Fiat CEO Sergio Marchionne
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TURIN, Italy -- Fiat SpA took a step closer to a full merger with Chrysler Group LLC Wednesday after the Italian carmaker's shareholders approved a simplified capital structure with the creation of a single class of common stock.
Fiat is interested in getting "100 percent" of Chrysler, Sergio Marchionne, who runs both automakers, told reporters in Turin Wednesday after Fiat's annual shareholders meeting. "The mechanism is subject to negotiations and market conditions," while it's "highly unlikely" the merger will occur this year, he said.
Fiat owns 58.5 percent of Auburn Hills, Mich.-based Chrysler and Mr. Marchionne, 59, plans to combine the two manufacturers to boost sales to more than $132 billion by 2014 and allow its European business to reach break-even by that same year. Mr. Marchionne reiterated Wednesday that Fiat may buy 3.3 percent more of Chrysler in the second half if it exercises options held on the stock.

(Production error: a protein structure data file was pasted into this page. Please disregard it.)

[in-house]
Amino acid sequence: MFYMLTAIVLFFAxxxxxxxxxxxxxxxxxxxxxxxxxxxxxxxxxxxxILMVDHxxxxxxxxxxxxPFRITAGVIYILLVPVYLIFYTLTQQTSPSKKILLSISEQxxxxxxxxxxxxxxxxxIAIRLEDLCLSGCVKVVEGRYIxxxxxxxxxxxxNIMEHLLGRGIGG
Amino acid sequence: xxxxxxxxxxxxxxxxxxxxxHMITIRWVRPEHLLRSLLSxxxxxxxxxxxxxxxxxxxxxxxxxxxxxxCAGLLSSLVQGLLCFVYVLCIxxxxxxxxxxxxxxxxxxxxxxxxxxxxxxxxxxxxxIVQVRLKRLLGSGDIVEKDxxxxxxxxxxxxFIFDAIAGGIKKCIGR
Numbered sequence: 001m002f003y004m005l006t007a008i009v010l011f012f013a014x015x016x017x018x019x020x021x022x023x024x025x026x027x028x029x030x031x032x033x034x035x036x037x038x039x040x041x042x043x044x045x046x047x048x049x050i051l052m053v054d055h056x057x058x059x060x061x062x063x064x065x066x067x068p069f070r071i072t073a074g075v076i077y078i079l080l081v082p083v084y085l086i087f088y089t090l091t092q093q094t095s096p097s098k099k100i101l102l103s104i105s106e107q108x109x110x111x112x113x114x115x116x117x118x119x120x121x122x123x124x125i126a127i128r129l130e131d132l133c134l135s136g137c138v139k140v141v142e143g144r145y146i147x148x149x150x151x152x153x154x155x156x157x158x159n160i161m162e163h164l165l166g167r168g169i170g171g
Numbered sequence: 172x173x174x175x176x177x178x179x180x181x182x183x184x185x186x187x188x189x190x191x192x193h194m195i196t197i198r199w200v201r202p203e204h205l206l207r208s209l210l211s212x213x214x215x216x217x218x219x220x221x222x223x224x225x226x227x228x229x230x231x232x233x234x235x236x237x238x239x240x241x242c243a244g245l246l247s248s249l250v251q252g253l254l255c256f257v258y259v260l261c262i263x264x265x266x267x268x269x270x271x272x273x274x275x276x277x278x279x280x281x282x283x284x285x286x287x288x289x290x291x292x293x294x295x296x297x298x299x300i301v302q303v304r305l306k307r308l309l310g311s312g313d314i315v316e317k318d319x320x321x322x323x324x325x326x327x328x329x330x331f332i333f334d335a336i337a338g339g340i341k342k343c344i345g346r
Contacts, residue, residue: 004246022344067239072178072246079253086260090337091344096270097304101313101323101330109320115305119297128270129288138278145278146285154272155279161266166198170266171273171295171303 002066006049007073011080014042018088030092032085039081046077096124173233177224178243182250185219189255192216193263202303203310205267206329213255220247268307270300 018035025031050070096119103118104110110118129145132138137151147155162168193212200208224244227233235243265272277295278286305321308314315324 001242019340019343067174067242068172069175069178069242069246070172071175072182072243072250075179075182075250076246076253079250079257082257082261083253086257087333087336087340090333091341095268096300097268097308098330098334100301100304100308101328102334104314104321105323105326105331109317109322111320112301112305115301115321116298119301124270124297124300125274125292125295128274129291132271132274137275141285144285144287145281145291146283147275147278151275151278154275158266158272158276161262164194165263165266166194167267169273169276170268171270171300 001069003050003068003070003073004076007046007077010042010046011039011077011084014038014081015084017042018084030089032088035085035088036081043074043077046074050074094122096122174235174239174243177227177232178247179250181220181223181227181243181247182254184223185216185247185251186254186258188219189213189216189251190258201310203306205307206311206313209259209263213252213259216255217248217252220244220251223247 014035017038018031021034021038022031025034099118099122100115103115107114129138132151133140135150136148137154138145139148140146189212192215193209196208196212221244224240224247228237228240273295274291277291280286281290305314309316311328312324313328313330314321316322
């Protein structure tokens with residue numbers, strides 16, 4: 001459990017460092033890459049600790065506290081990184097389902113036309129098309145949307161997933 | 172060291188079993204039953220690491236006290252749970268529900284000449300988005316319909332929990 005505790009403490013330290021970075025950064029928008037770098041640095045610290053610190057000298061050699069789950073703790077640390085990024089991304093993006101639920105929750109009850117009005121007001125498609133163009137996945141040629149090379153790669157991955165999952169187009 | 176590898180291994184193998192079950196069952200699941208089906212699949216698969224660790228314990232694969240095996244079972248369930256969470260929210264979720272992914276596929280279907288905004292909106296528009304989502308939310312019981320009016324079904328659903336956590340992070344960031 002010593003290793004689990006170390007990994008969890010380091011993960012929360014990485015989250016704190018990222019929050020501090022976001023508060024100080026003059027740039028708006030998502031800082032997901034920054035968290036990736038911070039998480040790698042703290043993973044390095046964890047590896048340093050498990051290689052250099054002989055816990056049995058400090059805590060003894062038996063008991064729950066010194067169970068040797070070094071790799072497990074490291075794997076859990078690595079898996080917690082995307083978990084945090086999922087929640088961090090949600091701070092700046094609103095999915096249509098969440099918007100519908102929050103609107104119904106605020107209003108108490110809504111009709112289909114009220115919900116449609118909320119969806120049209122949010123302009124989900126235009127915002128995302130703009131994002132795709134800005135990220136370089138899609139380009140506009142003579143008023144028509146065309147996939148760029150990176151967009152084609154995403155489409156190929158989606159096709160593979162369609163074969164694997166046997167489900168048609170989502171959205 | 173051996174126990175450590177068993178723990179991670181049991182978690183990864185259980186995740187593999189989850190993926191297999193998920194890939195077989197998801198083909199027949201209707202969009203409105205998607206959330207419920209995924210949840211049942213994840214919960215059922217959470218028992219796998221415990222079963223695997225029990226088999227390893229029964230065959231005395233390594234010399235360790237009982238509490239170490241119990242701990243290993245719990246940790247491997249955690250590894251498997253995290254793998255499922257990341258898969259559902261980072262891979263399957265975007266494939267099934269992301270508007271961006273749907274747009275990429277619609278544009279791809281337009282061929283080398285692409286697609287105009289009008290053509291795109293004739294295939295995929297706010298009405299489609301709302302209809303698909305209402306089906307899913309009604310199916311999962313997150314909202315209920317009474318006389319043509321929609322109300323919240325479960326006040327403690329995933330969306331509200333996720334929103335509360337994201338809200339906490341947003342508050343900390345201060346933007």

The two carmakers, which entered an alliance nearly three years ago, expect to sell between 4.1 million and 4.4 million vehicles this year, up from just over 4 million in 2011.
The Italian manager, who grew up in Canada, is counting on Chrysler to propel growth at Turin-based Fiat, whose volume brands lost about $660 billion in Europe last year as the region's debt crisis caused consumers to hold back on purchases. The Italian carmaker relied on Chrysler for all of its net income in 2011 as U.S. sales surged.
"With the crisis in Europe and the recovery of the U.S car market, Mr. Marchionne should hurry up and complete the merger as soon as possible and look at the capital market in the U.S. to fund new investments," Wolfram Mrowetz, chairman of investment firm Alisei SIM in Milan, said Wednesday.
Fiat investors voted in favor of converting savings and preferred shares into common stock.
The shift will be a "means of preparing for a potential merger with Chrysler," Mr. Marchionne said on Oct. 28. Investment firm Exor SpA, which controls the Italian carmaker, supported the plan.
The Associated Press contributed to this report.